Remember those who died, but don’t forget those who remain


War is terrible. More often than not, it’s the wrong answer to a very important question.

Yet, war happens, whether we want it or not. And if it’s going to happen, we turn to our heroes in uniform to defend our lives, our home and our freedom.

America has a number of holidays where we honor those who serve us, yet it’s impossible for anyone who’s never served in battle to really understand the sacrifice we demand from those brave men and women in uniform. 

Not even films known for their realistic portrayal of war, like “Platoon” or “Saving Private Ryan” can give us true insight of being there, not knowing if that day might indeed be our last.

Memorial Day is not just a day off from work and school. It’s a day to remember those soldiers who gave that ultimate sacrifice, stretching from our very beginnings in the Revolutionary War to the conflicts our country finds itself in today.

Arlington National Cemetery is the final resting place for more than 400,000 people who died ensuring the rest of us would enjoy what they never could again. Yet, that’s far from everyone.

More than 666,000 American soldiers have died serving their country over the course of 250 years. But there is another number that far too often gets overlooked: 1.5 million. That is the number of combatants injured in the war theater. And we simply don’t do enough to ensure each of these soldiers have everything they need to not only recover, but find their way to some kind of normalcy.

Since the turn of the century, 5,795 men and women lost their lives serving America. But the wounded are nearly 10 times that, just under 51,000.

While physical injuries are easy to see, what is far more invisible are the psychological traumas these soldiers endure, trauma they bring back home, and which are too regularly ignored by the Veterans Affairs.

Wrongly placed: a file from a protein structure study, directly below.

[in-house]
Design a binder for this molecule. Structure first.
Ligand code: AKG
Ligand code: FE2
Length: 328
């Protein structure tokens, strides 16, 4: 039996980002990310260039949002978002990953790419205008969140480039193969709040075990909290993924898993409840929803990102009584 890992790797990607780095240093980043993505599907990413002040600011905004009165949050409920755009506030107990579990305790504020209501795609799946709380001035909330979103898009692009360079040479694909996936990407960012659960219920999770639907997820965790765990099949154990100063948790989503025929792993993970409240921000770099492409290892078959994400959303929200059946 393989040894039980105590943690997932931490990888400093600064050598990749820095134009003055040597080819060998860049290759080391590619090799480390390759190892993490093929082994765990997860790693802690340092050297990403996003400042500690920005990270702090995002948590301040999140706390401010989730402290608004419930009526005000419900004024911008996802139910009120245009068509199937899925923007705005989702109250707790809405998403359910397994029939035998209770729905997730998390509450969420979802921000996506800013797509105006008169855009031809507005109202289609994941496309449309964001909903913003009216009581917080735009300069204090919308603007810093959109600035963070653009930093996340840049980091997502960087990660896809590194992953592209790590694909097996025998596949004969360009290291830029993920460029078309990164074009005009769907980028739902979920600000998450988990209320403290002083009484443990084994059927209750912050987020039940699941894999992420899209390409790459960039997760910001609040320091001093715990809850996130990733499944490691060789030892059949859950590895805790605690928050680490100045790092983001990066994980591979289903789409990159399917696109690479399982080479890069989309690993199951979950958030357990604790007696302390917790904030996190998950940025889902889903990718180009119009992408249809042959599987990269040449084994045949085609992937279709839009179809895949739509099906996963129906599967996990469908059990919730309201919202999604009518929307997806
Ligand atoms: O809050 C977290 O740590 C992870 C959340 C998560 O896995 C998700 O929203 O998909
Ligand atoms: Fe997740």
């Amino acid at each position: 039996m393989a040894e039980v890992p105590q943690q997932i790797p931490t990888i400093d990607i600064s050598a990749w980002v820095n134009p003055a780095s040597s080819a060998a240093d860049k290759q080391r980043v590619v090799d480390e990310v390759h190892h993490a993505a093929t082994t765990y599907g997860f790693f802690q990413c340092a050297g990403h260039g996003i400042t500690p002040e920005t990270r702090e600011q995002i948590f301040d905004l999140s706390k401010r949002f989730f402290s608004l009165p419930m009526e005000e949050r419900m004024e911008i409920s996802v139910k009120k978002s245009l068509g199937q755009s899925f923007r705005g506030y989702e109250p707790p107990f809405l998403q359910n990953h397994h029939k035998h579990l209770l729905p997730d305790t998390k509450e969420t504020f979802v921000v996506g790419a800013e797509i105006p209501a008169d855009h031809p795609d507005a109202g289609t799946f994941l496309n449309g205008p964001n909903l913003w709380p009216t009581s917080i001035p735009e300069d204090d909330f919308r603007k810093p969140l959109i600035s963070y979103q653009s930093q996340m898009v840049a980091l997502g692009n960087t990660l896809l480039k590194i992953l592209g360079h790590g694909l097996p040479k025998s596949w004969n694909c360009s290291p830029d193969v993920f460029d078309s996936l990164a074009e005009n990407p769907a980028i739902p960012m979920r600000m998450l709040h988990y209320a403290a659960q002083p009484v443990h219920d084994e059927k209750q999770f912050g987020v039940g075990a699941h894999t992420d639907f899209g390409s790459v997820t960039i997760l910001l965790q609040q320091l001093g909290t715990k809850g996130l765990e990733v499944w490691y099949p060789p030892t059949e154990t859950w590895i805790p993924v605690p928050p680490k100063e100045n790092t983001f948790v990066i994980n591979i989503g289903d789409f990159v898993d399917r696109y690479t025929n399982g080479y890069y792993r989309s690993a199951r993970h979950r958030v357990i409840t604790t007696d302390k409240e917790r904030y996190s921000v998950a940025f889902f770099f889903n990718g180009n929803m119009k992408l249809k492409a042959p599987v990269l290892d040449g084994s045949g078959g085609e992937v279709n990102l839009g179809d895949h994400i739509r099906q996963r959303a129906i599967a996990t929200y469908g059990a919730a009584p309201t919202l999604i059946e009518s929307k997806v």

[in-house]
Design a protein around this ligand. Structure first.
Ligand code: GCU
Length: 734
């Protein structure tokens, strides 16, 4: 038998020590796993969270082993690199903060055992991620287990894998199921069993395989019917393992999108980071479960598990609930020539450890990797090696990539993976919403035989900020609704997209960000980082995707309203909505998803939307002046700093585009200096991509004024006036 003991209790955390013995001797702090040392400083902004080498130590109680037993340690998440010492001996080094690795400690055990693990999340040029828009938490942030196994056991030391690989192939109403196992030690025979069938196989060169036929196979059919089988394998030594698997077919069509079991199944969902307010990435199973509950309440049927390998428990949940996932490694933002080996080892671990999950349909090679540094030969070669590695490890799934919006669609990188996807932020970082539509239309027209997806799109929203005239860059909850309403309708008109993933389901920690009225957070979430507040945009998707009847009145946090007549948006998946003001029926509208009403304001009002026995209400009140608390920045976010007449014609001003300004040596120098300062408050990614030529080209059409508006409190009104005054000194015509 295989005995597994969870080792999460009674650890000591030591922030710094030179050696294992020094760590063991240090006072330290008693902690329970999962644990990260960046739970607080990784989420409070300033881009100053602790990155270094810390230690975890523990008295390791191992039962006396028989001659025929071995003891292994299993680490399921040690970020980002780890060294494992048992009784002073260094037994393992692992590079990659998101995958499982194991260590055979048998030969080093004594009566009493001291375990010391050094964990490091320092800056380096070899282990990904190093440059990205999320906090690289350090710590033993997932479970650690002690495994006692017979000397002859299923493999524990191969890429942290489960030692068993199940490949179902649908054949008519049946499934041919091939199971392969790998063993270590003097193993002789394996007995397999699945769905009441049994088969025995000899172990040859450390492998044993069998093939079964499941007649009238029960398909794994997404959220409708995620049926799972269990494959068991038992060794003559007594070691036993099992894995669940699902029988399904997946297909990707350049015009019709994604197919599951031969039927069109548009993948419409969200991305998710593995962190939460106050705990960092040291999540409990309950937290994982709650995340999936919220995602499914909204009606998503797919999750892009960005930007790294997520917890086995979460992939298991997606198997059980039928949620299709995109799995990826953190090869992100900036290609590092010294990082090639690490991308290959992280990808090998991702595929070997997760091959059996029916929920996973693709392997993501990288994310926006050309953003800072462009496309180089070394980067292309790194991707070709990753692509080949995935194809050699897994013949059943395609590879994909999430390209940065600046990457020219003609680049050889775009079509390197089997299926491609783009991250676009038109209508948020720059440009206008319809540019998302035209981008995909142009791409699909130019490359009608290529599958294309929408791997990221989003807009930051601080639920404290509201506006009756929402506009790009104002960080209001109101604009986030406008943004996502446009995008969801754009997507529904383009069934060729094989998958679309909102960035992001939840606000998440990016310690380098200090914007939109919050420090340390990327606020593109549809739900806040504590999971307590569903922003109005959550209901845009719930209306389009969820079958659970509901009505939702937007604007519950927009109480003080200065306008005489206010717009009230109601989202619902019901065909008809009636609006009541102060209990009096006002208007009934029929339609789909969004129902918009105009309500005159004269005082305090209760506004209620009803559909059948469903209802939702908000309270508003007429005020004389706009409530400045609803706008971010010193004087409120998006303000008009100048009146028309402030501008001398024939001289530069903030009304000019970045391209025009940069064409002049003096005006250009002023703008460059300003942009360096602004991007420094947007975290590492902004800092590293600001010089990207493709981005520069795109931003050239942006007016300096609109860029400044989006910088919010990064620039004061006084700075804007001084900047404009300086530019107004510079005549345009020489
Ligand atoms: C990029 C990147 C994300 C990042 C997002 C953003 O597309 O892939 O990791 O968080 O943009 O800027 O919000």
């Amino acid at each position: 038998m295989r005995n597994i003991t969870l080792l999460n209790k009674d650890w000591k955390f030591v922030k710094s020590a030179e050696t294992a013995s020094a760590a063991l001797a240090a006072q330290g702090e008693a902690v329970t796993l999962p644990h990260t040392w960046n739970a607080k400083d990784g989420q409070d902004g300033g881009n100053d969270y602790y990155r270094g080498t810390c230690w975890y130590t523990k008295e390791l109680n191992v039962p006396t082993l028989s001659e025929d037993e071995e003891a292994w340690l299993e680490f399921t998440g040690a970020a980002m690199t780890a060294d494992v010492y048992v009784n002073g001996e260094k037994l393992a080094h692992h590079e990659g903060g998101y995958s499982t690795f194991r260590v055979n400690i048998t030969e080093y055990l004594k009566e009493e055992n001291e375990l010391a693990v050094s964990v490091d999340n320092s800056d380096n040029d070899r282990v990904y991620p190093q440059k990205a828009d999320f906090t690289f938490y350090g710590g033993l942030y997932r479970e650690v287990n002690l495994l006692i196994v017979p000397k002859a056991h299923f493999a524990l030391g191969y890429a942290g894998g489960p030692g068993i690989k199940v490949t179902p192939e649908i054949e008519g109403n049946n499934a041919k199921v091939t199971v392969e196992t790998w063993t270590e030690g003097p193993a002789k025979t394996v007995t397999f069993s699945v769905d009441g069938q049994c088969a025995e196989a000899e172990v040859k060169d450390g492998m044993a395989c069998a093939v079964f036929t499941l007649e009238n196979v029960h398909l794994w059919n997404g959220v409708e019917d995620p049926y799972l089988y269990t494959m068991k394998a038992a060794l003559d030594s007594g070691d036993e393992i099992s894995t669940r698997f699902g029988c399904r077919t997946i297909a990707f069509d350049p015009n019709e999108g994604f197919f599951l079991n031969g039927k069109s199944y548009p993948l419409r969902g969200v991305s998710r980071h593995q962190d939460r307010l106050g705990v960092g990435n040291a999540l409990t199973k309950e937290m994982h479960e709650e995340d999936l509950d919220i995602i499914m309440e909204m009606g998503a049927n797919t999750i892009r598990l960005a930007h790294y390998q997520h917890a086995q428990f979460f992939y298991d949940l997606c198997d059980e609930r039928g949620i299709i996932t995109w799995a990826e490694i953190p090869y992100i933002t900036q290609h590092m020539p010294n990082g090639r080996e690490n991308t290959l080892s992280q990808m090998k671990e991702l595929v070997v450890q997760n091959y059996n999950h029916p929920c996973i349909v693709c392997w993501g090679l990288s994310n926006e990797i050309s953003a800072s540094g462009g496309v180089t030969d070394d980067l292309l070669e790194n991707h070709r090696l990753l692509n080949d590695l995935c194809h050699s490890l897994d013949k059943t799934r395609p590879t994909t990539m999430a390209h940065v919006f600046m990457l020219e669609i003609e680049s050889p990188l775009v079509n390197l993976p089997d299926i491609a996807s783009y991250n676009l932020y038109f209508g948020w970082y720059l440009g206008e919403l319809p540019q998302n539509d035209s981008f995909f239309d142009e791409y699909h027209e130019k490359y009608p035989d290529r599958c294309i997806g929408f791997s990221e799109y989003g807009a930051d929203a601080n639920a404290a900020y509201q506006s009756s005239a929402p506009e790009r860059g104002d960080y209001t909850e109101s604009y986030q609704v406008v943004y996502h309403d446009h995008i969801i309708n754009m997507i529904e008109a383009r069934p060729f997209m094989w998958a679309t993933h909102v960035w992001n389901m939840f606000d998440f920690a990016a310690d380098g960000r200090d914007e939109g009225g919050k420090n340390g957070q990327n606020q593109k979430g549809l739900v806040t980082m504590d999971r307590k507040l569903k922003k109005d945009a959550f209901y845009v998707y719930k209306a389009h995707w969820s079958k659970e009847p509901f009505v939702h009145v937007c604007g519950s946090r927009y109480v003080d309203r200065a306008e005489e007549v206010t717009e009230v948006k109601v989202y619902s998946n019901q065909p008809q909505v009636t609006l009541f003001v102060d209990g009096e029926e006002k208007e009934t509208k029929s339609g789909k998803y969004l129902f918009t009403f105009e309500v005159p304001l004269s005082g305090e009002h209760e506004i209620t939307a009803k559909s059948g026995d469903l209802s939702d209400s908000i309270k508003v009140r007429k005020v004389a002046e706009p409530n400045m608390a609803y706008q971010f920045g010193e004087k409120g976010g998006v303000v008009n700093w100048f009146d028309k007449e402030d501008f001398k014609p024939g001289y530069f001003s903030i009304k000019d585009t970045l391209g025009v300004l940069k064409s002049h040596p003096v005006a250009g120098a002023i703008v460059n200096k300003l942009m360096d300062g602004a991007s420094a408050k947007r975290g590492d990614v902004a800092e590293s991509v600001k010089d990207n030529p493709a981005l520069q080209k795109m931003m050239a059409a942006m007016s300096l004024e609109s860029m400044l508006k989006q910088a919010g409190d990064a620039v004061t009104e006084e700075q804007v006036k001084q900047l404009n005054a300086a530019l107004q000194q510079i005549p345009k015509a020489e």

A 2008 report from the Rand Corp. — a non-profit, non-partisan research organization —found that more than 18 percent of U.S. service members returning from Afghanistan and Iraq suffer from post-traumatic stress disorder or depression. Nearly 20 percent experienced a traumatic brain injury during deployment.

Sadly, only half of those veterans who need treatment will seek it out. Those who do, however, find that they get just “minimally adequate care.”

It’s not that the VA doesn’t want to help. It’s simply not equipped to do so. And with billions and billions earmarked for our defense program each year, nowhere near enough find its way to help these brave men and women once they take off the uniform in hopes of enjoying the American dream they fought so hard to protect.

The American Psychological Association, with a membership of more than 115,000 professionals, has urged Washington in recent months to provide more funding not only to treat these soldiers, but to research ways of preventing such problems in future conflicts.

This isn’t about just struggles to find life after military duty, it’s an actual struggle for life. 

In 2014, an average of 20 soldiers committed suicide each day. That’s more than 7,400 in a single year — and far more than all actual combat deaths since 2001.

Our soldiers deserve better. And after everything they have done for our country, it’s the least our country can do for them.